Kicker Dustin Hopkins was cut by the Saints just before the season opener. A tryout, and then a contract, with the Redskins have given him another opportunity.
About a week before the NFL opened its season, Dustin Hopkins was resigned to sitting around his home, sullenly packing up his belongings and helping his wife, Gabrielle, move them into a New Orleans storage unit. After what he thought was a successful preseason with the Saints, the team informed him that he had lost the starting kicking job to Zach Hocker.
Hopkins remained determined to land on a team, and continued to train a couple blocks from where he was staying at a park, an "intramural baseball field," he said, kicking towards some light posts that resembled the Arena League's dimensions and stature. Some construction workers were around, but the park was mostly his to keep in shape.
The Washington Redskins on Monday, Sept. 14, announced the signing of kicker Dustin Hopkins. Take a look at his NFL career in photos.
"My wife was helping me hold," Hopkins said. "Some of the construction workers were helping me retrieve [the kicked footballs], or some joggers with a dog, or whatever, were helping me at one point. But they're probably just like, 'What's this guy doing out here?' And it was kind of sloppy out there. It had just rained, so I was just trying to get ready for the workouts. It was kind of a funny situation."
Later that week Hopkins got the call he was waiting for.
The Redskins asked him to come in for a tryout on Monday and, after releasing veteran kicker Kai Forbath, signed him several hours later. He met his new teammates on Tuesday and finished his first practice Wednesday, back to kicking and aiming at NFL-regulation goal posts.
"It's been an interesting handful of hours I guess, between the tryout and just getting established here and meeting new guys, a lot of new faces, a lot of new names," Hopkins said. "But everyone's been really welcoming, and that's been great, and I'm excited to get this opportunity. I'm glad it's with such a historic organization, and I'm just glad to be here."
The unpredictability of the last week is something Hopkins has grown accustomed to, though hopes won't continue in Washington despite never kicking in an official NFL regular season game before.
Hopkins was drafted by the Bills in 2013 out of Florida State, where he set an NCAA scoring record for kickers with 466 points, setting school, conference (ACC) and NCAA records with 88 career field goals. In his senior year he averaged 65.5 yards per kickoff with 10 touchbacks.
With the Bills, he was scheduled to take over the starting duties from veteran Ryan Lindell, and eventually beat him out midway through the preseason. Just before the season opener, however, Hopkins injured his groin on a kickoff, a "freak deal" he credited to being a rookie, that would eventually land him on the injured reserve list, forcing him to miss the entire season.
He landed with the Saints' practice squad at the end of 2014 and competed for the starting job into the 2015 preseason, where he converted 3-of-5 field goal attempts and made all four extra points.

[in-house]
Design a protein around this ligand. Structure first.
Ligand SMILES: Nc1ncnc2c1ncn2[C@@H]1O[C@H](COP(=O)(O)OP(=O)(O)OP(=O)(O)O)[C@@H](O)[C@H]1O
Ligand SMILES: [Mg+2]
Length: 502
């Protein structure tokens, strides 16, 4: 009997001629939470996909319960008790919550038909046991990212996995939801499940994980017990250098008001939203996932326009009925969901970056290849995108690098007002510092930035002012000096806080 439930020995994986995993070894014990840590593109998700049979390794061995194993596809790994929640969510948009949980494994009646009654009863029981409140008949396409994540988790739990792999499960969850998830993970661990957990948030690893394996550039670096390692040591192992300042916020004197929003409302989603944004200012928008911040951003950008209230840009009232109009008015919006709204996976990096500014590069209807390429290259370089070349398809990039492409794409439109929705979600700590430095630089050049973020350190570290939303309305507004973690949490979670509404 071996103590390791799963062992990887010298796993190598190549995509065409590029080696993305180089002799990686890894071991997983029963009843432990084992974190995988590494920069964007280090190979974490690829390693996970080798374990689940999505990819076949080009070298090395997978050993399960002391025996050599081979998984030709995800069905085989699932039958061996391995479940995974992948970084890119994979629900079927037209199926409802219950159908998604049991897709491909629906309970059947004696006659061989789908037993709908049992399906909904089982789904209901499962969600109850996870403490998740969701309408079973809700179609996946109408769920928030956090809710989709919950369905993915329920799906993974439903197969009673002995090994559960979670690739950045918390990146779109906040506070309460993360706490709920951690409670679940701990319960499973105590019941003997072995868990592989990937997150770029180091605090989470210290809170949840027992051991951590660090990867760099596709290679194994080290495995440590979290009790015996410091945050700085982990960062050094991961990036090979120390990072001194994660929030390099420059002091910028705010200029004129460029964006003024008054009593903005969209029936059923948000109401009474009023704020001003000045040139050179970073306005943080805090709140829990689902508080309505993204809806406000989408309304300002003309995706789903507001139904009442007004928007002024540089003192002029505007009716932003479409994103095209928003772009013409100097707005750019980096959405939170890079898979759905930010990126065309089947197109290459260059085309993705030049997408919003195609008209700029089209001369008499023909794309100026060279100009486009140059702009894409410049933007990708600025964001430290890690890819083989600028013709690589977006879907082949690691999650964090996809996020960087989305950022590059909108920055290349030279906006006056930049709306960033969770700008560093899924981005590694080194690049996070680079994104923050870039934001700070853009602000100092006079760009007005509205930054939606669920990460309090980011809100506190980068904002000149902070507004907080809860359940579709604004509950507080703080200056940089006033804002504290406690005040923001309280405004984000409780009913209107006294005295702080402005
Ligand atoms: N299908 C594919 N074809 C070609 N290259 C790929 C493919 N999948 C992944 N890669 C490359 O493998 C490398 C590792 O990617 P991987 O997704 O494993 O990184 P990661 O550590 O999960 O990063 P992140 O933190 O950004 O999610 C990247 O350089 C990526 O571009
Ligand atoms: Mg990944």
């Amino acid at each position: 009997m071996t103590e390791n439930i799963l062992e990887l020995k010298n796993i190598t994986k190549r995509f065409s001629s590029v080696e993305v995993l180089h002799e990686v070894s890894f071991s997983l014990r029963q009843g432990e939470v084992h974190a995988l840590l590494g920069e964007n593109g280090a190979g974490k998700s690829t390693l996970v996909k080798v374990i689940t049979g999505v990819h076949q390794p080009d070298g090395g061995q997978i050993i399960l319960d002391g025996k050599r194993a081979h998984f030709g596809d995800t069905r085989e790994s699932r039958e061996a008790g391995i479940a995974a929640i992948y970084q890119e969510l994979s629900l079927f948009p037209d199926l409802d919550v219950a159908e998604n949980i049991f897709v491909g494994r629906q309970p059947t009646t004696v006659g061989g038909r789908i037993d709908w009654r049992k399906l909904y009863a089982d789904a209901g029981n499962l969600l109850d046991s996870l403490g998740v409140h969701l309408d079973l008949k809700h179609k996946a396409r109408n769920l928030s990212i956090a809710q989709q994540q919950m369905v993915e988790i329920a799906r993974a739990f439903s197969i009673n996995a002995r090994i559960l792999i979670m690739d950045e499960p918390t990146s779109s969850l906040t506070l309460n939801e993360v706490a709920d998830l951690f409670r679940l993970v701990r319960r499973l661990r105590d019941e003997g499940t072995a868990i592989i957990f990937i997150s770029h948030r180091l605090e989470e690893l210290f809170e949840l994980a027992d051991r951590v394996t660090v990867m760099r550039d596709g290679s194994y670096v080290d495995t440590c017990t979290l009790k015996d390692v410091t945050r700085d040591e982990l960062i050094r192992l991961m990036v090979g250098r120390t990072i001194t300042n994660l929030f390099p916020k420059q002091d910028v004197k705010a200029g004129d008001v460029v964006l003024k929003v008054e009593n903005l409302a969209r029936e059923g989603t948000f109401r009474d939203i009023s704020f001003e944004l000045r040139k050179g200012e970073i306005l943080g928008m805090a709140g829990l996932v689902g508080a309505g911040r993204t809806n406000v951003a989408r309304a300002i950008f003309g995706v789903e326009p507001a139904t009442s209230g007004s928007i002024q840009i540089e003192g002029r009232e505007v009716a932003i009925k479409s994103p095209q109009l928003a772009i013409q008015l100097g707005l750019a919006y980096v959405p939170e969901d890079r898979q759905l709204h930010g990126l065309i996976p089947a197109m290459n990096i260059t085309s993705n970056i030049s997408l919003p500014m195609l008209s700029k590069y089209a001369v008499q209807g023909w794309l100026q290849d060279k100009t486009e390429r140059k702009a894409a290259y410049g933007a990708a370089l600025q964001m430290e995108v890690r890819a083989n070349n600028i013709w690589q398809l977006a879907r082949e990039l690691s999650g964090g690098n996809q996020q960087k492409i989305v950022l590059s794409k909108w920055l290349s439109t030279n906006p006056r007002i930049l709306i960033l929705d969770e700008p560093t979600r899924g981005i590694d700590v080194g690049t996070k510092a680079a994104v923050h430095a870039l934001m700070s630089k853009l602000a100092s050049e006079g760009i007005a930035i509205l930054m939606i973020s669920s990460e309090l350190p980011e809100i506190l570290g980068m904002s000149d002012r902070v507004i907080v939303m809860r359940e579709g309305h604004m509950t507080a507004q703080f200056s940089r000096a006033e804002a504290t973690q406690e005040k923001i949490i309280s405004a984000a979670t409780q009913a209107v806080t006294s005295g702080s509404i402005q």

"It was disappointing having won the job and then having that setback," Hopkins said of his situation in Buffalo. "And all that being said, I'm glad it's happened the way it's happened, because it makes you appreciate where you are. So I'm blessed in that way, but in the same time I'm glad it's finally happening."
Check out these photos of the Redskins' defense and special teams preparing for their Week 2 matchup against the St. Louis Rams Wednesday, Sept. 16, 2015, at Redskins Park in Loudoun County, Va.
Head coach Jay Gruden said Monday that the decision to release Forbath had more to do with leg strength, and long-term viability regarding kick-offs. Though Hopkins doesn't have an official stat-line with a team, he believes the preseason – being under the lights, fighting for a job – has given him the necessary preparation for his debut this Sunday.
"As you go through kicking camps and different things, you talk to sports psychologists, and you might read some books or whatever it may be," Hopkins said. "But I think ultimately you build confidence through actually doing, performing. So I think that's why preseason is so big. It's a game-like atmosphere, you're getting the chance to do it with the lights on and this is just the next step."
Hopkins will use this week to prepare mentally and get on the same page with his other specialists, long snapper Nick Sundberg and punter/holder Tress Way, two players who had strong relationships with Forbath and will be equally vital to Hopkins' success.
"I think it's huge, just getting your timing down, that's why this week is a big week," Hopkins said. "It's just having an opportunity to work with them, and after watching them work today, they're great at what they do. So I'm not worried about that at all and tomorrow will be a good day just to get to work with them."
The whirlwind isn't over just yet. His wife is flying into town Wednesday night and he's still living out of a hotel this week. In some ways it's another mental test, isolating life's distractions and realities. All of that can wait.
"We'll play those cards when the time comes," Hopkins said. "I'm just trying to focus on the game, to be honest, on the craft."